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CoMo COUNCILMAN'S SURVEY, STUDY ASK: Are developers paying their fair share?

Poll and analysis seek level playing field between ratepayers, taxpayers, and developers

COLUMBIA, Mo 6/26/14 (Beat Byte) -- Fourth Ward Columbia City Councilman Ian Thomas has updated a study and resident poll designed to answer a question many consider critical to the city's future:  What Percentage of Infrastructure Capacity Expansion Costs Should Be Recovered through New Development Charges?

Thomas defines "infrastructure capacity expansion" as expanding or extending streets, utilities, and other infrastructure to meet the needs of new development. Since first publishing the study in May, Thomas has updated it as information and clarifications come in. 

Thomas has found that new development fees pay for only 15% of infrastructure expansion, leaving 85% to residents through higher rates, fees, and taxes.  City Hall owns most of Columbia's utilities and most city streets.

He asked the Heart Beat to publish an important clarification about the sewer/wastewater treatment plant.

"In the version I referenced on my web site, in my 29th May newsletter, I allocated the $67.1 million cost of the Sewer Waste Water Treatment Plant Expansion as 50% 'Repairs/Maintenance/Upgrades for Current Customers' and 50% 'Capacity Expansion to Serve New Customers,'" Thomas explained. "Since then, public works director John Glascock has informed me that the project involved no capacity expansion at all - it was entirely an upgrade to comply with new federal regulations and to anticipate future ones."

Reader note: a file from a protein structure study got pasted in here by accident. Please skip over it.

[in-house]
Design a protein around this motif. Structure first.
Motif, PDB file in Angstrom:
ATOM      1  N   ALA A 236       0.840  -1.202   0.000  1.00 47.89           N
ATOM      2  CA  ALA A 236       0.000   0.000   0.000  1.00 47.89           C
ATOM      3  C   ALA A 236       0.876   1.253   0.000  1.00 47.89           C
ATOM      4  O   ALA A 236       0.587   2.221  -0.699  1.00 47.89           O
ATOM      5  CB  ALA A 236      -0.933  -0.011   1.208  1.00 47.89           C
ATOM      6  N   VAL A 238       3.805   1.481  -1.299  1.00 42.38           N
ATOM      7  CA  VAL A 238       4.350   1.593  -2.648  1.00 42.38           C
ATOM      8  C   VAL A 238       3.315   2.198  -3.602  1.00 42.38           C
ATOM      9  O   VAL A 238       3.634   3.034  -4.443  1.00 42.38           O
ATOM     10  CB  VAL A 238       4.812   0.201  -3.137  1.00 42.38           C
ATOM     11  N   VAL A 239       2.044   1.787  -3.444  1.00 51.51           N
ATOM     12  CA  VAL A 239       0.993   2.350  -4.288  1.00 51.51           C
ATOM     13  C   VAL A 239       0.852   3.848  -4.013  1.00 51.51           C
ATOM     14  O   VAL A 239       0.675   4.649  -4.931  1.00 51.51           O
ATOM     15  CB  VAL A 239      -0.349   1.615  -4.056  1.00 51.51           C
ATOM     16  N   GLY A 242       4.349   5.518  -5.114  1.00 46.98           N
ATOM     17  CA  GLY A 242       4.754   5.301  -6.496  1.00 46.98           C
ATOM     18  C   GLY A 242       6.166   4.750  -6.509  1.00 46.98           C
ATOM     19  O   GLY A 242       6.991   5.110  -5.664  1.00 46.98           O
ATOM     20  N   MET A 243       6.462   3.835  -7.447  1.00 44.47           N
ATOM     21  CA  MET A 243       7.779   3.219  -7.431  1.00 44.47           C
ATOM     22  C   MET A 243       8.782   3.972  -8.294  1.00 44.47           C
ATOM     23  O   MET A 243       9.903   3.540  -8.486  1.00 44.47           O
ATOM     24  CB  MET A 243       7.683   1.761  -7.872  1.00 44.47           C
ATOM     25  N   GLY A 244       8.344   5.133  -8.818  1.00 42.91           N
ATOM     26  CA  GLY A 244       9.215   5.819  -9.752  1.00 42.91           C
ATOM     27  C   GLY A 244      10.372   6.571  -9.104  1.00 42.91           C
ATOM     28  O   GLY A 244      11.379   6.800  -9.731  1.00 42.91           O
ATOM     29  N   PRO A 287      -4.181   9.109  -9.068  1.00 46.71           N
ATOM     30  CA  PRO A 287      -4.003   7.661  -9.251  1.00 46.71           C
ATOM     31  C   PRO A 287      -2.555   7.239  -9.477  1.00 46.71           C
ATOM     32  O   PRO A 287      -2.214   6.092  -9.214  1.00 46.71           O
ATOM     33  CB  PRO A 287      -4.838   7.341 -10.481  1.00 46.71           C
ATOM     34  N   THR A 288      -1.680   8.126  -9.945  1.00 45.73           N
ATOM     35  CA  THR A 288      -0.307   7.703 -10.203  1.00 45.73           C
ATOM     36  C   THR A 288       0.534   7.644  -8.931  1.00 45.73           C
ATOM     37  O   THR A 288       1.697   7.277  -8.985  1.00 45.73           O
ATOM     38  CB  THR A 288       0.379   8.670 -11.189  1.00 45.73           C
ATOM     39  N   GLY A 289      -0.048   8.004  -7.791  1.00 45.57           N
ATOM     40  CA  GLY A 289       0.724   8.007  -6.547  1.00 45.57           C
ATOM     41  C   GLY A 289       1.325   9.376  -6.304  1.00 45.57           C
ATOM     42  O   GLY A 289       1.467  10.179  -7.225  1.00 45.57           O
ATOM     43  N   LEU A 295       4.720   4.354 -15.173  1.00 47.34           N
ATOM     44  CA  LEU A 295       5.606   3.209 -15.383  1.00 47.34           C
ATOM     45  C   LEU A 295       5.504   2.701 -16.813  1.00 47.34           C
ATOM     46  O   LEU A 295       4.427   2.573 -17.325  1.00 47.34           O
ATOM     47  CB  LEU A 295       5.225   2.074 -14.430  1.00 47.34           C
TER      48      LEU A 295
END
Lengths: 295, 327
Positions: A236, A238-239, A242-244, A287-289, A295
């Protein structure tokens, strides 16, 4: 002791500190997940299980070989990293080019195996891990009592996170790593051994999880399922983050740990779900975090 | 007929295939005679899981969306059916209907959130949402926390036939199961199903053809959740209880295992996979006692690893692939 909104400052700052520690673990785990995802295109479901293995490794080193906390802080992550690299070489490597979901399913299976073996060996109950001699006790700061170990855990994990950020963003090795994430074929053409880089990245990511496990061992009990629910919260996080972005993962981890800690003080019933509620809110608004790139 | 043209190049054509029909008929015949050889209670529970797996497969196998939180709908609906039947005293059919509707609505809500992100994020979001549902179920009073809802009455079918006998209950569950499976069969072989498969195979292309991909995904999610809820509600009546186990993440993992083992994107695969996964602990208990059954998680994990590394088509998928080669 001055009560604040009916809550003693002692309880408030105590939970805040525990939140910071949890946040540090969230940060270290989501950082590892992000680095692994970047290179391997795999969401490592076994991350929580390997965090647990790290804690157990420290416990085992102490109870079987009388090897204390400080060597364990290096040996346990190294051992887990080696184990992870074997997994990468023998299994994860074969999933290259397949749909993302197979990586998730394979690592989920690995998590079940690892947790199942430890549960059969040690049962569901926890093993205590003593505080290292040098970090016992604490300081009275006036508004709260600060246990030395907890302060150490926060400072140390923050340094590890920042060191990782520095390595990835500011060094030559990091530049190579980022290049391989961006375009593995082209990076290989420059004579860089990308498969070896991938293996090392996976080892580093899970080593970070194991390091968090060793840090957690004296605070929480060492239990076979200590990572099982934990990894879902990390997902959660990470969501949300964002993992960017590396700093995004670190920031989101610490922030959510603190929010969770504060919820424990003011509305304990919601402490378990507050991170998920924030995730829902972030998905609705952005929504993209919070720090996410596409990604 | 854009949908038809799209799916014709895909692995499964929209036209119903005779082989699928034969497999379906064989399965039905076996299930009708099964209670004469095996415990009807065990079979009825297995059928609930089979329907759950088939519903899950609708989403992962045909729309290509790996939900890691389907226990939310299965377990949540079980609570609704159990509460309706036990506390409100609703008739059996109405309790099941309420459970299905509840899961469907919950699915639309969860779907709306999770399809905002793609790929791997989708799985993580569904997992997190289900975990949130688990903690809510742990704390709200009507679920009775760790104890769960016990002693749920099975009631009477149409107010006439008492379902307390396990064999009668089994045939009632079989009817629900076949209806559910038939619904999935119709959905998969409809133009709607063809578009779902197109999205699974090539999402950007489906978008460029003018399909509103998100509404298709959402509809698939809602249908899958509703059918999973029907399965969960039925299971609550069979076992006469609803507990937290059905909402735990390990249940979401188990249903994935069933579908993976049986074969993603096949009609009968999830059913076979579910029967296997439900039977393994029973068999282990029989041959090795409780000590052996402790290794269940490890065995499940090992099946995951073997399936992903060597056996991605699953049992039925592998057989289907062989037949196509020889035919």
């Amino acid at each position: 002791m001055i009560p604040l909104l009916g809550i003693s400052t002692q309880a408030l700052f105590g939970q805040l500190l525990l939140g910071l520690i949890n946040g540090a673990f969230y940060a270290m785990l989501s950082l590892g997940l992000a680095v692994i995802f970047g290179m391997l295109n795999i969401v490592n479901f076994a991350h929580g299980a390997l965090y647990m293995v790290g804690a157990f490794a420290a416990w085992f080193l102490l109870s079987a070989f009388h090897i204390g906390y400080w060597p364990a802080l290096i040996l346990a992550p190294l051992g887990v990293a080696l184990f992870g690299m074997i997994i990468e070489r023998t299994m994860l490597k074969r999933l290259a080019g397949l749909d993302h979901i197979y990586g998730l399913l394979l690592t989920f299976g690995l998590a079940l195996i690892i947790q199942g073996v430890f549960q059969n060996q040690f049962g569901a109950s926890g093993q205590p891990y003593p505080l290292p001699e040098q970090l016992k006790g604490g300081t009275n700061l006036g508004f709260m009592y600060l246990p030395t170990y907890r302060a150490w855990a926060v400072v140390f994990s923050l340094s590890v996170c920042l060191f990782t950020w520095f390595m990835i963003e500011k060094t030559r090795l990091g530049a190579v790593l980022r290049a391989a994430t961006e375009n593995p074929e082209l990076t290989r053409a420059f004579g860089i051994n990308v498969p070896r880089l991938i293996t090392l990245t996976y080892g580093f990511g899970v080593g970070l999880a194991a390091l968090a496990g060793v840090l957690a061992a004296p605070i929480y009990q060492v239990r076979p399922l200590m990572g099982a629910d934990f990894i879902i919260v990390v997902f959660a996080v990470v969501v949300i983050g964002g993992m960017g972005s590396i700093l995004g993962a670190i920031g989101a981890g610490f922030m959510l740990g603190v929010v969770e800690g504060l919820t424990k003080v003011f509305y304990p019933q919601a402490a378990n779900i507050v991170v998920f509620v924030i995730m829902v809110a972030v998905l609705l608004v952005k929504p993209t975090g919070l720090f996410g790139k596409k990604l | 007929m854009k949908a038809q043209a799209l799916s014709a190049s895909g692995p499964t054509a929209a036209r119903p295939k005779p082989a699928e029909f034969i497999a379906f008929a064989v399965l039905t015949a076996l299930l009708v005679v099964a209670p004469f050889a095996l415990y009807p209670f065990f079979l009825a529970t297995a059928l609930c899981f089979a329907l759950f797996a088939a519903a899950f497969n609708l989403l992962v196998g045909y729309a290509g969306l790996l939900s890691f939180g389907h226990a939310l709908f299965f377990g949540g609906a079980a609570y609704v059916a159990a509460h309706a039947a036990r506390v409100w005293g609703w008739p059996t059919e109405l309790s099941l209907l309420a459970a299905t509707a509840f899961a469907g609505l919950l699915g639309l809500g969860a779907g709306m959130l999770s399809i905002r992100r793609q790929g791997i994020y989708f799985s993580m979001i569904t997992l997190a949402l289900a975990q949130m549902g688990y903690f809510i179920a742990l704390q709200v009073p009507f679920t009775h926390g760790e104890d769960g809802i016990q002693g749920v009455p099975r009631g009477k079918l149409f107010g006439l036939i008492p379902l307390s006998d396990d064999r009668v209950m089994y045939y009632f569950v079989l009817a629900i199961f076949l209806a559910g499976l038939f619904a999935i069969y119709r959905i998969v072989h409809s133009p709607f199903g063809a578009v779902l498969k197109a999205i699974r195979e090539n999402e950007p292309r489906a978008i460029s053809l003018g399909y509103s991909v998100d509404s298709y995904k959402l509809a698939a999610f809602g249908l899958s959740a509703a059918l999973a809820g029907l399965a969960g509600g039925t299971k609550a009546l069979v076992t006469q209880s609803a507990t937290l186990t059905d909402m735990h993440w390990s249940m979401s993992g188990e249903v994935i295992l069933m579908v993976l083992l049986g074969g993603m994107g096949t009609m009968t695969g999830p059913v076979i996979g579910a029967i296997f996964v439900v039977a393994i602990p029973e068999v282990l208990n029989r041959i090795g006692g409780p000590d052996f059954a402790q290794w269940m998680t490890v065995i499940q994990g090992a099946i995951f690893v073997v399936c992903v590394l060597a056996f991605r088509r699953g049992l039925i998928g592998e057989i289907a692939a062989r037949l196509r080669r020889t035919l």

A 2007 study of aggregated New Development Charges in forty comparable communities ranked Columbia twenty-fourth with charges about one-half of those levied in Lawrence, KS; one-fifth of those in Iowa City, IA; and one-twentieth of those in Boulder, CO.

Thomas also notes that:

1) Changes in some New Development Charges require a citywide ballot;
2) Any adopted changes in New Development Charges should be phased in over a few years to allow the market to adapt;
3) Increasing New Development Charges may increase the cost of new housing, making it less affordable for low-income families;
4) Increasing New Development Charges may discourage developers from investing in Columbia.
Thomas' updated analysis and poll are online at these links:

Read the Analysis

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